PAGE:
WASHINGTON—A U.S. housing-finance regulator on Wednesday announced steps to ease strains on mortgage companies facing a cash crunch as millions of Americans suspend their monthly payments amid the coronavirus pandemic.

The Federal Housing Finance Agency said it would allow mortgage-finance giants Fannie Mae and Freddie Mac to buy home loans that recently entered forbearance—meaning borrowers have stopped making payments—while charging steep fees that may diminish interest from lenders.

“Purchases of these previously ineligible loans will help provide liquidity to mortgage markets and allow originators to keep lending,” FHFA Director Mark Calabria said in a statement.

The policy, which was reported earlier by The Wall Street Journal, will apply to mortgages used to purchase new homes and some refinanced mortgages that lenders were poised to sell to Fannie and Freddie before the borrowers sought forbearance shortly after closing on their loans.

The loans will be priced “to mitigate the heightened risk of loss” to Fannie and Freddie, the FHFA said in a statement.

Lenders will be charged fees equivalent to 5% to 7% of the value of the loan. For example, a lender who makes a loan of $200,000 might be charged $10,000 or more to sell the loan.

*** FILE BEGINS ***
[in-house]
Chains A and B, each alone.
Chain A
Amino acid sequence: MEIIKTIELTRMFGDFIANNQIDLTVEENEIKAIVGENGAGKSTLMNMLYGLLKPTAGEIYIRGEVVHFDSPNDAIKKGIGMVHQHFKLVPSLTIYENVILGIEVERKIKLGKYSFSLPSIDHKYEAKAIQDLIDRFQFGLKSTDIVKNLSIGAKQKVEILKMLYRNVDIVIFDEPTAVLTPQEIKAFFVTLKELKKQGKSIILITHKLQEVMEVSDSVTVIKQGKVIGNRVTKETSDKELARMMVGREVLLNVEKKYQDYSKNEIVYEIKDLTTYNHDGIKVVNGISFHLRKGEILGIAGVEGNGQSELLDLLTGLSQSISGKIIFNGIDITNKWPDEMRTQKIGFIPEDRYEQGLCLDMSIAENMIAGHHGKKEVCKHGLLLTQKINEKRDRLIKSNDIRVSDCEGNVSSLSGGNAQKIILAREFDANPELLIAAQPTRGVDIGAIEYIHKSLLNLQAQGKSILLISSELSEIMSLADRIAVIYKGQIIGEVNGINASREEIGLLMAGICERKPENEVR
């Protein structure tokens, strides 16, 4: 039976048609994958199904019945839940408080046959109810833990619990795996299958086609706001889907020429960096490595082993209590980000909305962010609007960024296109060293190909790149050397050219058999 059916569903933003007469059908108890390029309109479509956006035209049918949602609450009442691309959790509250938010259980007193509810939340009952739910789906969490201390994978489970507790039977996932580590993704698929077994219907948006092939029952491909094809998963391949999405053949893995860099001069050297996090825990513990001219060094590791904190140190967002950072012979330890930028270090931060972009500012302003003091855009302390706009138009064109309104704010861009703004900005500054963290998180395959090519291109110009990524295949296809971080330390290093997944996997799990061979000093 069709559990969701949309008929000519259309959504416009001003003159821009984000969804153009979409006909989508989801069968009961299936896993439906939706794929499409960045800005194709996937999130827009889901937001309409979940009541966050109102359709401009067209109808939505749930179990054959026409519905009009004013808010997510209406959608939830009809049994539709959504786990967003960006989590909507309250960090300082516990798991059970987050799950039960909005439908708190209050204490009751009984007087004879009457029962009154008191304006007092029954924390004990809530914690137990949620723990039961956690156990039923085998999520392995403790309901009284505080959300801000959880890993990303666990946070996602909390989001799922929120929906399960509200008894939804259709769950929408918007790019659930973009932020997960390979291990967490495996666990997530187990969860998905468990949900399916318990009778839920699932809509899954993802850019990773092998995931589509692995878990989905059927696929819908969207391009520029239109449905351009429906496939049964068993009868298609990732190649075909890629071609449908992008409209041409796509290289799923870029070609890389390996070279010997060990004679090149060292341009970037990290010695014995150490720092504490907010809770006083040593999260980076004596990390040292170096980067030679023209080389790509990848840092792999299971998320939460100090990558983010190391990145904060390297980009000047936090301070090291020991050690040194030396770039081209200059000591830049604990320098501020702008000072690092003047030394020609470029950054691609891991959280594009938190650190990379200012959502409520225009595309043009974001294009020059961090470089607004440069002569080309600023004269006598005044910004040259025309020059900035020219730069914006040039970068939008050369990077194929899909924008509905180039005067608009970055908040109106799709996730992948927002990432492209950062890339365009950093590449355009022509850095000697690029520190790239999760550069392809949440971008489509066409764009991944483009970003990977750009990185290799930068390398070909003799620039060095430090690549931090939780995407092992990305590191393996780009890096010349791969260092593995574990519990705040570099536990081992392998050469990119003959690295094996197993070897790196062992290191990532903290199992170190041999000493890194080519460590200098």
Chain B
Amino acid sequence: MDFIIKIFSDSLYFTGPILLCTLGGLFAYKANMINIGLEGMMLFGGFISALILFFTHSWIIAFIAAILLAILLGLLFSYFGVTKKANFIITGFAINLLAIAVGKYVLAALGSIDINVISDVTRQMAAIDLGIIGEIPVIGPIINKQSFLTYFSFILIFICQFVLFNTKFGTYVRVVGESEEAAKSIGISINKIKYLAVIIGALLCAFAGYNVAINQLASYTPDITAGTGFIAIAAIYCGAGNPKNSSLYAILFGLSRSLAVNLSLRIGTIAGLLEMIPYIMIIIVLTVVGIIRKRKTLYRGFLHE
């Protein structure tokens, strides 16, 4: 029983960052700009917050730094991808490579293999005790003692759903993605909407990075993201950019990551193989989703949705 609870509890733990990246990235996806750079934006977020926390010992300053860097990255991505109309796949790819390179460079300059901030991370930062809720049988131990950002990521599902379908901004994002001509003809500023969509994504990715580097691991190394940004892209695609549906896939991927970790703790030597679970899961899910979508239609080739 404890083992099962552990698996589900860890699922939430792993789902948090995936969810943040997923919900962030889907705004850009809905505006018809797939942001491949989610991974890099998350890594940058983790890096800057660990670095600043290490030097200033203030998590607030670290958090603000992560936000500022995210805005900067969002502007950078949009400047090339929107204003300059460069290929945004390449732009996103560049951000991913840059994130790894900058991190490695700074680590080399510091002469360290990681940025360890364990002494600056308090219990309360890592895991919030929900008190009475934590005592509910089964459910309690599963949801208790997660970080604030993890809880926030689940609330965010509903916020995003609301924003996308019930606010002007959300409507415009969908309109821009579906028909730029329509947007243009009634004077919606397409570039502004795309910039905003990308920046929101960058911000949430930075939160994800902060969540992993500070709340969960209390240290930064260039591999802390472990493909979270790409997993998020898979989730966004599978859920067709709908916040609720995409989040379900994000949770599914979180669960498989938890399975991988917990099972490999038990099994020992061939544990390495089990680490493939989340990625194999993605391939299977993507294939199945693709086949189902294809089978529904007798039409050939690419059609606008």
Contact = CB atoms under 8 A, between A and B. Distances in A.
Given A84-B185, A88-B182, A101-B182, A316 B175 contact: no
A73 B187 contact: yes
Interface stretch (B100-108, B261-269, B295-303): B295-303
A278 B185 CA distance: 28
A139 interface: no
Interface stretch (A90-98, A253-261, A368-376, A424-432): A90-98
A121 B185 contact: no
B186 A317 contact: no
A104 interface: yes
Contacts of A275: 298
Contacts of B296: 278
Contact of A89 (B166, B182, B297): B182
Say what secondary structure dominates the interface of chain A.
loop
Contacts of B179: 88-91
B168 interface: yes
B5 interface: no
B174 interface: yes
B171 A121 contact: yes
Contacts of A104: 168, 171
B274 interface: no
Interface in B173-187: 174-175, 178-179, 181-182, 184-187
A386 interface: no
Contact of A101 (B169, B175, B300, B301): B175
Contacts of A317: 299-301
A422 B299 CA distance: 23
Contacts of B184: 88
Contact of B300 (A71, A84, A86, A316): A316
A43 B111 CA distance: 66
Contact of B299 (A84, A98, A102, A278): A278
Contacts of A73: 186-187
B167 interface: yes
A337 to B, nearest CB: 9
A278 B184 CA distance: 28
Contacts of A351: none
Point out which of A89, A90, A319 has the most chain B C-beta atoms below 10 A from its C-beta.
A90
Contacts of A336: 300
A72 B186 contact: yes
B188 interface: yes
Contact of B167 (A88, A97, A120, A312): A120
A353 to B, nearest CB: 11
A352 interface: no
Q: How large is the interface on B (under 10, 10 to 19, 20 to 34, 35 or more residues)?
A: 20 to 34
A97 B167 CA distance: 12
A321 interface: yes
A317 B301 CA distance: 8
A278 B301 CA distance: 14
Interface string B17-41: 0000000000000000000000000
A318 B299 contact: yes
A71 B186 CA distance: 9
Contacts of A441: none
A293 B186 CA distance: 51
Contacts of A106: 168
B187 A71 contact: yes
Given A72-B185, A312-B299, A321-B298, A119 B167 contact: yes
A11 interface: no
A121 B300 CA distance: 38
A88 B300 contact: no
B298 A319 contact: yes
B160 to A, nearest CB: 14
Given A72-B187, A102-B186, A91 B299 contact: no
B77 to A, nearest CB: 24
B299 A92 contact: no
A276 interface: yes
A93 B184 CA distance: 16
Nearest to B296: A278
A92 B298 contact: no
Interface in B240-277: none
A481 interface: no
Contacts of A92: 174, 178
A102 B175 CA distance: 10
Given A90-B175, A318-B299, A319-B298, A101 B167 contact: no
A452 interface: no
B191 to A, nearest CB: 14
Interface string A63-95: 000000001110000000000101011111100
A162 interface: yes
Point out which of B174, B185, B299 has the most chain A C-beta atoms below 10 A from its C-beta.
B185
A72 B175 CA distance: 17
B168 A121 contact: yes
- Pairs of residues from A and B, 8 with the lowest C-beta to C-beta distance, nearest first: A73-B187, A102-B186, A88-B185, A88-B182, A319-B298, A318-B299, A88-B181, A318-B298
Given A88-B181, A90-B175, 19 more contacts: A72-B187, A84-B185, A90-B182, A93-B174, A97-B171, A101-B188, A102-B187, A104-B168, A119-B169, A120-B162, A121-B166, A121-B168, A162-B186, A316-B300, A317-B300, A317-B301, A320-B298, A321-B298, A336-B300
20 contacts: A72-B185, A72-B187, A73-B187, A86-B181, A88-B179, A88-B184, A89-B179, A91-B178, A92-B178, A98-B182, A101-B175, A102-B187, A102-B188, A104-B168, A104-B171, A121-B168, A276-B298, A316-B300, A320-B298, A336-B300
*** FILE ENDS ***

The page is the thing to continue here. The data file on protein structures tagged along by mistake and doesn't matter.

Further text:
Industry officials were hoping the steps would help nonbank mortgage companies, which typically lend to home buyers and then quickly sell the loans to Fannie and Freddie.

That strategy was upended recently when Fannie and Freddie said they wouldn’t buy loans in forbearance, leaving unsalable loans piling up on the books of the mortgage companies that both originate and service home loans.

Millions of Americans are skipping mortgage payments as the coronavirus pandemic causes unemployment to soar. As of April 12, 5.95% of home loans were in forbearance, up from 3.74% on April 5, according to data released by the Mortgage Bankers Association on Monday. In a separate analysis, the American Enterprise Institute said 3.5 million borrowers were in forbearance through Sunday.

Fannie and Freddie don’t make loans but instead buy them from lenders and package them into securities that are sold to investors. The companies have been under government control since they were nationalized in the 2008 financial crisis.

Historically, Fannie and Freddie haven’t bought loans on which borrowers had stopped making payments, as they were considered delinquent. But the roughly $2 trillion stimulus law passed by Congress last month allowed homeowners harmed by the pandemic to suspend payments for as long as a year without penalty—and it says such loans should be reported as current, rather than delinquent.

Mortgage lenders and servicers also face a severe cash crunch for another reason: they must continue paying investors in the loans even if homeowners suspend their monthly payments. On Tuesday, the FHFA said it would cap at four months the period of time mortgage companies are on the hook for payments on behalf of borrowers who are in arrears.